Aditya Aditya - 2 months ago 5
Python Question

How to solve this weird python encoding issue?

I'm doing some NLP task on a corpus of strings from the web - and as you expect, there are encoding issues. Here're a few examples:

they don’t serve sushi : the apostrophe in don't is not standard ' but \xe2\x80\x99
Delicious food – Wow : the hyphen before wow is \xe2\x80\x93

So now, I'm gonna read such lines, pass them to NLTK for parsing, use the parse information to train a CRF model through mallet.

Let's begin with the solution I've been seeing everywhere on stack-overflow. Here're a few experiments:-

st = "they don’t serve sushi"

Out[2]: 'they don\xc3\xa2\xe2\x82\xac\xe2\x84\xa2t serve sushi'

Out[3]: u'they don\u2019t serve sushi'

So these are just trial-and-error attempts to see if something might work.

I finally used the encoded sentence and passed it to the next part - pos tagging using nltk.
posTags = nltk.pos_tag(tokens)
and it throws an ugly exception known to everyone :-

File "C:\Users\user\workspacePy\_projectname_\CRF\", line 95, in getSentenceFeatures
posTags = nltk.pos_tag(tokens)
File "C:\Users\user\Anaconda\lib\site-packages\nltk\tag\", line 101, in pos_tag
return tagger.tag(tokens)
File "C:\Users\user\Anaconda\lib\site-packages\nltk\tag\", line 61, in tag
tags.append(self.tag_one(tokens, i, tags))
File "C:\Users\user\Anaconda\lib\site-packages\nltk\tag\", line 81, in tag_one
tag = tagger.choose_tag(tokens, index, history)
File "C:\Users\user\Anaconda\lib\site-packages\nltk\tag\", line 634, in choose_tag
featureset = self.feature_detector(tokens, index, history)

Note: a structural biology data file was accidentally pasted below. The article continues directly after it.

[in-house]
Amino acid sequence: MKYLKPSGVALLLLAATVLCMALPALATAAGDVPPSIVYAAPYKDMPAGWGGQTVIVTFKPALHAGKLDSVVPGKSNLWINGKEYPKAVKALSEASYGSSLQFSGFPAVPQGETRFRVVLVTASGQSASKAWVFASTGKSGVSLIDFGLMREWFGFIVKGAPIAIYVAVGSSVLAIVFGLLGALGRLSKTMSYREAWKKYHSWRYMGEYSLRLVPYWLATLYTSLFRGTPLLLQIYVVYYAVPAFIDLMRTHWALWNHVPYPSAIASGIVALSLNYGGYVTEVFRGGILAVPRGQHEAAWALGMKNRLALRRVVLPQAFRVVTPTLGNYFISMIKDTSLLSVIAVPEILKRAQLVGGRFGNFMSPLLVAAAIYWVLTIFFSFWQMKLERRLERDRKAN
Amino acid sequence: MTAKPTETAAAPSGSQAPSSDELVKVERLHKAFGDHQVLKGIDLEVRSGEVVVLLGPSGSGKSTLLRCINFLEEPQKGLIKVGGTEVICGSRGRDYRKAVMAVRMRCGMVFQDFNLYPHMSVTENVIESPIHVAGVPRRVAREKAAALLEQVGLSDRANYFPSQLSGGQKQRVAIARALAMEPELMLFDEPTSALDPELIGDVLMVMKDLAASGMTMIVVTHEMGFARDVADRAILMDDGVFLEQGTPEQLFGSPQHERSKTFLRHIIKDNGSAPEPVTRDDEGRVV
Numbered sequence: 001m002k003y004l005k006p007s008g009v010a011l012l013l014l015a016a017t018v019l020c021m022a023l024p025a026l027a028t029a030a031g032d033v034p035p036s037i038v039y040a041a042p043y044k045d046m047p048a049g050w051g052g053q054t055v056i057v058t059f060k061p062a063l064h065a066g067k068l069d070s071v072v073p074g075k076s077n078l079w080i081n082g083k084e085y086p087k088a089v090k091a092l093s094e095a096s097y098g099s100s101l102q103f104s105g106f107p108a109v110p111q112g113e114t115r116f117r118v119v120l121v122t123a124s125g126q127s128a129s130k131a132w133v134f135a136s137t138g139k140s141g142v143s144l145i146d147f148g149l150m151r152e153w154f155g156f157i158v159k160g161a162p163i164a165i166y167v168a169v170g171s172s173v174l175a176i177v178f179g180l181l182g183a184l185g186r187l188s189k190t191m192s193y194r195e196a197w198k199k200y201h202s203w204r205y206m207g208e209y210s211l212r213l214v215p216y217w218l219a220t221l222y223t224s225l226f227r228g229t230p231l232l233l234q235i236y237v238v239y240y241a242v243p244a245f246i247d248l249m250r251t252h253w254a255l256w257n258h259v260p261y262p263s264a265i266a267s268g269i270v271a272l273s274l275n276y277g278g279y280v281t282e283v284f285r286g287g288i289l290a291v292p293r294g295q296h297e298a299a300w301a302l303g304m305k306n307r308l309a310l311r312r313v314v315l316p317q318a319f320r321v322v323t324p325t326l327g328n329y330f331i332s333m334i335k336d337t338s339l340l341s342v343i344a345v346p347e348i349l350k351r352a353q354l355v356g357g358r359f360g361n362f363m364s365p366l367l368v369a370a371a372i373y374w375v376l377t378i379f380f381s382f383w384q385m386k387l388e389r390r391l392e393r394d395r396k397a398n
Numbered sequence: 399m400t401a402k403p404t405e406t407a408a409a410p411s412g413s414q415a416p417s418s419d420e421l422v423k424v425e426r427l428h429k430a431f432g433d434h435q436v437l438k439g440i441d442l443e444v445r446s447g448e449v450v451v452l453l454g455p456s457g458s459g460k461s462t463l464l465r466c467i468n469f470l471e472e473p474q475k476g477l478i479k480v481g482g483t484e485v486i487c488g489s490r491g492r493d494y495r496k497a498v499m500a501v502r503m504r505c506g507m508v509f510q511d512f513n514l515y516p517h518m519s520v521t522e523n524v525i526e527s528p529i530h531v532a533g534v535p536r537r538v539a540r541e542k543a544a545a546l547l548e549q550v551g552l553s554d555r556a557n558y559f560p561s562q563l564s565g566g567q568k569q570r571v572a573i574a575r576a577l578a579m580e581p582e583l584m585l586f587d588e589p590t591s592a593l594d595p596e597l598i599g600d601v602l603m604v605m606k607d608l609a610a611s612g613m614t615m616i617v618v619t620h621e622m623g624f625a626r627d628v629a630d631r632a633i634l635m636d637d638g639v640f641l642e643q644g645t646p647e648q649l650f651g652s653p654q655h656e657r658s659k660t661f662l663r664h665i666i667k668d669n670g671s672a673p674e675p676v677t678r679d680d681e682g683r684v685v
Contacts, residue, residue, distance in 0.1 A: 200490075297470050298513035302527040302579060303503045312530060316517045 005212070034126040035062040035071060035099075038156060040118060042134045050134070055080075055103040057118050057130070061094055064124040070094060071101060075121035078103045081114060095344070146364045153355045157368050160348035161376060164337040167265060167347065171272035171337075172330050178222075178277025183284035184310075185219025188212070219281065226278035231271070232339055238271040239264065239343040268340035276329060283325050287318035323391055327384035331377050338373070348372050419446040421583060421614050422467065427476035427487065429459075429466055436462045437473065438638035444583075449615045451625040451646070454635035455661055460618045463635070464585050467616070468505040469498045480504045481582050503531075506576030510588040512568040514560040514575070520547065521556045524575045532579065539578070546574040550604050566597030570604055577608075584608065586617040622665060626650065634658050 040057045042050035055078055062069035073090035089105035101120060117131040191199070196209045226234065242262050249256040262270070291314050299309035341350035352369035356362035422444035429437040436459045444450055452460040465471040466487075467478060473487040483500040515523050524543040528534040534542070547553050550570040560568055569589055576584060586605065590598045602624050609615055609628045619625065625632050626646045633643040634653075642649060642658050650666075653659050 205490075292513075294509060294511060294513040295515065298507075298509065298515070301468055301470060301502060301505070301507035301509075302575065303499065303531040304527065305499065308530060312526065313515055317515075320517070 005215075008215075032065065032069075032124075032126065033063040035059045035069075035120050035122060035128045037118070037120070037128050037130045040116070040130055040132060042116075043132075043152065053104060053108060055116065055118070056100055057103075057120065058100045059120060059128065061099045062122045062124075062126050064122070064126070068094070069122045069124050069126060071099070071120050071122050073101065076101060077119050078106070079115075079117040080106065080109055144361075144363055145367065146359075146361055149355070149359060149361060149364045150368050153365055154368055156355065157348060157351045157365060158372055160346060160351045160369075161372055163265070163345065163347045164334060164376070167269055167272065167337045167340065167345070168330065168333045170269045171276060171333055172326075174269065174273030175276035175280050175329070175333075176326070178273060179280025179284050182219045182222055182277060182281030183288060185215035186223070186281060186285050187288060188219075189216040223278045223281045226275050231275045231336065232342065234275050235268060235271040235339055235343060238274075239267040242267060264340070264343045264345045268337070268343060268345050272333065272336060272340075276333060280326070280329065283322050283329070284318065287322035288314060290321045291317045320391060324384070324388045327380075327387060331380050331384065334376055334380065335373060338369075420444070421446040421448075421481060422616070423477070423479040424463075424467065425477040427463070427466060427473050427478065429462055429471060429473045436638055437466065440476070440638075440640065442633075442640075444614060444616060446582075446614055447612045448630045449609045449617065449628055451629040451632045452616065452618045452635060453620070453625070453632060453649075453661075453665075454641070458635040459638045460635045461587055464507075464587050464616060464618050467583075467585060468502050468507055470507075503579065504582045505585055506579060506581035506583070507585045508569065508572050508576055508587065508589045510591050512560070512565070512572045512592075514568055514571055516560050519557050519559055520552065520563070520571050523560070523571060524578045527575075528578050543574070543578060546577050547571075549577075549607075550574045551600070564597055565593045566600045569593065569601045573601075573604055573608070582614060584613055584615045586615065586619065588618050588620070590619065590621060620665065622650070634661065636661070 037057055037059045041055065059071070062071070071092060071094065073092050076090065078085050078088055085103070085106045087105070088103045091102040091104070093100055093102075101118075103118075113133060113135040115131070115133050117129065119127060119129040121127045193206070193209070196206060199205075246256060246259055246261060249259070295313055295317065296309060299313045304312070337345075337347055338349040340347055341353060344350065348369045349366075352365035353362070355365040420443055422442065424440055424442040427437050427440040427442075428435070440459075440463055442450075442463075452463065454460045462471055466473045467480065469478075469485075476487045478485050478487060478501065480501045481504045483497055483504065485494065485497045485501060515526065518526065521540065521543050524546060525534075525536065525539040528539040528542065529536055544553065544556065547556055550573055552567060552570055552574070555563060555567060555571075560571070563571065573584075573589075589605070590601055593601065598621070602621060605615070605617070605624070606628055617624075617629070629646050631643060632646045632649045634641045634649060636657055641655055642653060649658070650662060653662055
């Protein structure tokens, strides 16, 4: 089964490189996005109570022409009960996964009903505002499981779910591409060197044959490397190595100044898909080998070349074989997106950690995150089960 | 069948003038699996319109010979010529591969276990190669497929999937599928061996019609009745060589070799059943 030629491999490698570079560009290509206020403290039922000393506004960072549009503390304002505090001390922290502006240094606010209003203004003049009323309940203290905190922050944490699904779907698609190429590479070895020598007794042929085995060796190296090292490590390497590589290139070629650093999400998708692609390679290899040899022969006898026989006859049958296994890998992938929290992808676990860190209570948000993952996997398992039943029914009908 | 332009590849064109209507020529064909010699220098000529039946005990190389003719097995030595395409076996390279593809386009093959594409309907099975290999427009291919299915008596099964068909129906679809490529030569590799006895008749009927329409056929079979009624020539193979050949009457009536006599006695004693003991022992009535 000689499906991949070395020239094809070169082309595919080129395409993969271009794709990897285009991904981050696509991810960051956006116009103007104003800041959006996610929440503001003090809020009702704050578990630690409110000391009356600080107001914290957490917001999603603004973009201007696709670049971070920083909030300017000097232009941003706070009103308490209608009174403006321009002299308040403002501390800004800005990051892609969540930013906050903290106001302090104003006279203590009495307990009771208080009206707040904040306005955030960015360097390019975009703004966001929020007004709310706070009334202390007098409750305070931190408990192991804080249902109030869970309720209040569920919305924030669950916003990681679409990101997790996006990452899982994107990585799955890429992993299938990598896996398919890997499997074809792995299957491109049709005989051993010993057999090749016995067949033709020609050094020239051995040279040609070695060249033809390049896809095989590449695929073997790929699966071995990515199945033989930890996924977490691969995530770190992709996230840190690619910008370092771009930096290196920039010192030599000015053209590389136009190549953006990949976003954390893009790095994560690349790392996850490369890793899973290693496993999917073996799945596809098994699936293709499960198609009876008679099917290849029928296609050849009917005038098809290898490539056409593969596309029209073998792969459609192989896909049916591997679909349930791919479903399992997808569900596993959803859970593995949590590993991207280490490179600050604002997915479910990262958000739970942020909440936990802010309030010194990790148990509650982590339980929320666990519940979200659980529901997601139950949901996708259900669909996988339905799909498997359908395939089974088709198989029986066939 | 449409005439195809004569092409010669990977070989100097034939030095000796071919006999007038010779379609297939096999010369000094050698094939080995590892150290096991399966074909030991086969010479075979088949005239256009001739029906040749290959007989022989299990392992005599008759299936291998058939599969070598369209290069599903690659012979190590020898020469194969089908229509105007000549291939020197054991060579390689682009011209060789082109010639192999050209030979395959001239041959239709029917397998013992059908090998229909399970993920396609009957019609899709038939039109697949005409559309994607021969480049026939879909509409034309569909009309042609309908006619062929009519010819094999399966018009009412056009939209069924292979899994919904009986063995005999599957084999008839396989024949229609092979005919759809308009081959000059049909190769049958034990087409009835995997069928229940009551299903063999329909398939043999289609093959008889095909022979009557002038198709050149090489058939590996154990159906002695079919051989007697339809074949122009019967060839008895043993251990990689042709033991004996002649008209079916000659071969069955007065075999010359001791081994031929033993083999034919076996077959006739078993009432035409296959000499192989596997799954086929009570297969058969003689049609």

File "C:\Users\user\Anaconda\lib\site-packages\nltk\tag\", line 736, in feature_detector
'prevtag+word': '%s+%s' % (prevtag, word.lower()),
UnicodeDecodeError: 'ascii' codec can't decode byte 0xe2 in position 0: ordinal not in range(128)

And when I tried decoding, it says
UnicodeEncodeError: 'ascii' codec can't encode character u'\u2013' in position 42: ordinal not in range(128)
in the line where I'm decoding the string.

So my current solution is to remove all the non-ascii characters. But it totally changes the word which causes a serious loss of data for unigram-bigram (word combination) based model.

What should be the right approach?


In your example st is a str (list of bytes). To do that it was encoded in some form (utf8 by the looks), but think of it as a list of bytes, and you need to know how it was encoded in order to decode it (though utf8 is always generally a good first punt).

>>> st = "they don’t serve sushi"
>>> st
'they don\xe2\x80\x99t serve sushi'
>>> type(st)
<type 'str'>

>>> st.encode('utf8')
UnicodeDecodeError: 'ascii' codec can't decode byte 0xe2 in position 8: ordinal not in range(128)

So st.encode is non-sensical here. It's already encoded (as utf8 by the interpreter by the looks of things). For some mad reason, in python2 str.encode will first decode into a unicode and then encode back to a str. It chooses to decode as ascii by default, but your data is encoded as utf8. So the error you're seeing is in the decode step of your encode operation! It's looking at that list of bytes e2,80,99 and saying - 'hmmm, those aren't real ascii characters'.

Let's start with unicode data instead (notice the u):

>>> st = u"they don’t serve sushi"
>>> st
u'they don\u2019t serve sushi'
>>> type(st)
<type 'unicode'>
>>> st.encode('utf8')
'they don\xe2\x80\x99t serve sushi'

Really, all this is python2's fault. Python3 won't let you get away with these shenanigans of thinking of unicode and str as the same thing.

The rule of thumb is; always work with unicode within your code. Only encode/decode when you're getting data in and out of the system, and generally, encode as utf8 unless you have some other specific requirement.

In python2 you can ensure that 'data' in your code is automatically unicode u'data'

from __future__ import unicode_literals

>>> st = "they don’t serve sushi"
>>> st
u'they don\u2019t serve sushi'
>>> type(st)
<type 'unicode'>